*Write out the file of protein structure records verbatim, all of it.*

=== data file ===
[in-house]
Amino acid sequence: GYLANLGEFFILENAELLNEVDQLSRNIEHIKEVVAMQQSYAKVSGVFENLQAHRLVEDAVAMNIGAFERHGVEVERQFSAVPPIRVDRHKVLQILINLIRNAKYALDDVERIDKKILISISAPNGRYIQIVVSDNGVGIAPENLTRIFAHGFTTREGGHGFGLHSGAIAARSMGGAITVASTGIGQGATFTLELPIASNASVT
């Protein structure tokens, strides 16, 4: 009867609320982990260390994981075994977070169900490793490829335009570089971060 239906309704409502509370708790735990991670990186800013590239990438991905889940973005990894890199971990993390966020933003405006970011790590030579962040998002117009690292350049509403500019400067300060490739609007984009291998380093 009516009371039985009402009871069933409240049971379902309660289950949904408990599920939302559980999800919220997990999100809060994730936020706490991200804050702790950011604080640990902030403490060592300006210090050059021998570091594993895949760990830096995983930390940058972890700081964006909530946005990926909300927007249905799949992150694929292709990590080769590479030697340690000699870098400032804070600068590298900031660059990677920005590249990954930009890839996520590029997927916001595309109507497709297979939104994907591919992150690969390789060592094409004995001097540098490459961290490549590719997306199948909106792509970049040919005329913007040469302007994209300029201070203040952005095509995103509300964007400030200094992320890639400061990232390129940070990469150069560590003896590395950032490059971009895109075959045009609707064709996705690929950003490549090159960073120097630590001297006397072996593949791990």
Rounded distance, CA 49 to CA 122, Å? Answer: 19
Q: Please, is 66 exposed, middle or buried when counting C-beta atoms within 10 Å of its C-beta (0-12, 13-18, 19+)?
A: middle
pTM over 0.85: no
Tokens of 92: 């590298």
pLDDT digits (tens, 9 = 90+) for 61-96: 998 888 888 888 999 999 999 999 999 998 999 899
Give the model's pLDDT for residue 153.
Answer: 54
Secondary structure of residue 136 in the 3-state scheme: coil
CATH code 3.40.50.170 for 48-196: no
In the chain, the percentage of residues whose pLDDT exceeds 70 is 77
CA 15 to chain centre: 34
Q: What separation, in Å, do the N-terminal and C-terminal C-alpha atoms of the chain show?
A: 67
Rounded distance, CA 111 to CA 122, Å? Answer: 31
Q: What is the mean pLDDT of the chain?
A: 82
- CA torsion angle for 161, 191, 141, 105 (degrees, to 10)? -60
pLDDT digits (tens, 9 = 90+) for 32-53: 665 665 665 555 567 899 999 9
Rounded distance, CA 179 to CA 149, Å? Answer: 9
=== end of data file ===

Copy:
[in-house]
Amino acid sequence: GYLANLGEFFILENAELLNEVDQLSRNIEHIKEVVAMQQSYAKVSGVFENLQAHRLVEDAVAMNIGAFERHGVEVERQFSAVPPIRVDRHKVLQILINLIRNAKYALDDVERIDKKILISISAPNGRYIQIVVSDNGVGIAPENLTRIFAHGFTTREGGHGFGLHSGAIAARSMGGAITVASTGIGQGATFTLELPIASNASVT
């Protein structure tokens, strides 16, 4: 009867609320982990260390994981075994977070169900490793490829335009570089971060 239906309704409502509370708790735990991670990186800013590239990438991905889940973005990894890199971990993390966020933003405006970011790590030579962040998002117009690292350049509403500019400067300060490739609007984009291998380093 009516009371039985009402009871069933409240049971379902309660289950949904408990599920939302559980999800919220997990999100809060994730936020706490991200804050702790950011604080640990902030403490060592300006210090050059021998570091594993895949760990830096995983930390940058972890700081964006909530946005990926909300927007249905799949992150694929292709990590080769590479030697340690000699870098400032804070600068590298900031660059990677920005590249990954930009890839996520590029997927916001595309109507497709297979939104994907591919992150690969390789060592094409004995001097540098490459961290490549590719997306199948909106792509970049040919005329913007040469302007994209300029201070203040952005095509995103509300964007400030200094992320890639400061990232390129940070990469150069560590003896590395950032490059971009895109075959045009609707064709996705690929950003490549090159960073120097630590001297006397072996593949791990």
Rounded distance, CA 49 to CA 122, Å? Answer: 19
Q: Please, is 66 exposed, middle or buried when counting C-beta atoms within 10 Å of its C-beta (0-12, 13-18, 19+)?
A: middle
pTM over 0.85: no
Tokens of 92: 């590298």
pLDDT digits (tens, 9 = 90+) for 61-96: 998 888 888 888 999 999 999 999 999 998 999 899
Give the model's pLDDT for residue 153.
Answer: 54
Secondary structure of residue 136 in the 3-state scheme: coil
CATH code 3.40.50.170 for 48-196: no
In the chain, the percentage of residues whose pLDDT exceeds 70 is 77
CA 15 to chain centre: 34
Q: What separation, in Å, do the N-terminal and C-terminal C-alpha atoms of the chain show?
A: 67
Rounded distance, CA 111 to CA 122, Å? Answer: 31
Q: What is the mean pLDDT of the chain?
A: 82
- CA torsion angle for 161, 191, 141, 105 (degrees, to 10)? -60
pLDDT digits (tens, 9 = 90+) for 32-53: 665 665 665 555 567 899 999 9
Rounded distance, CA 179 to CA 149, Å? Answer: 9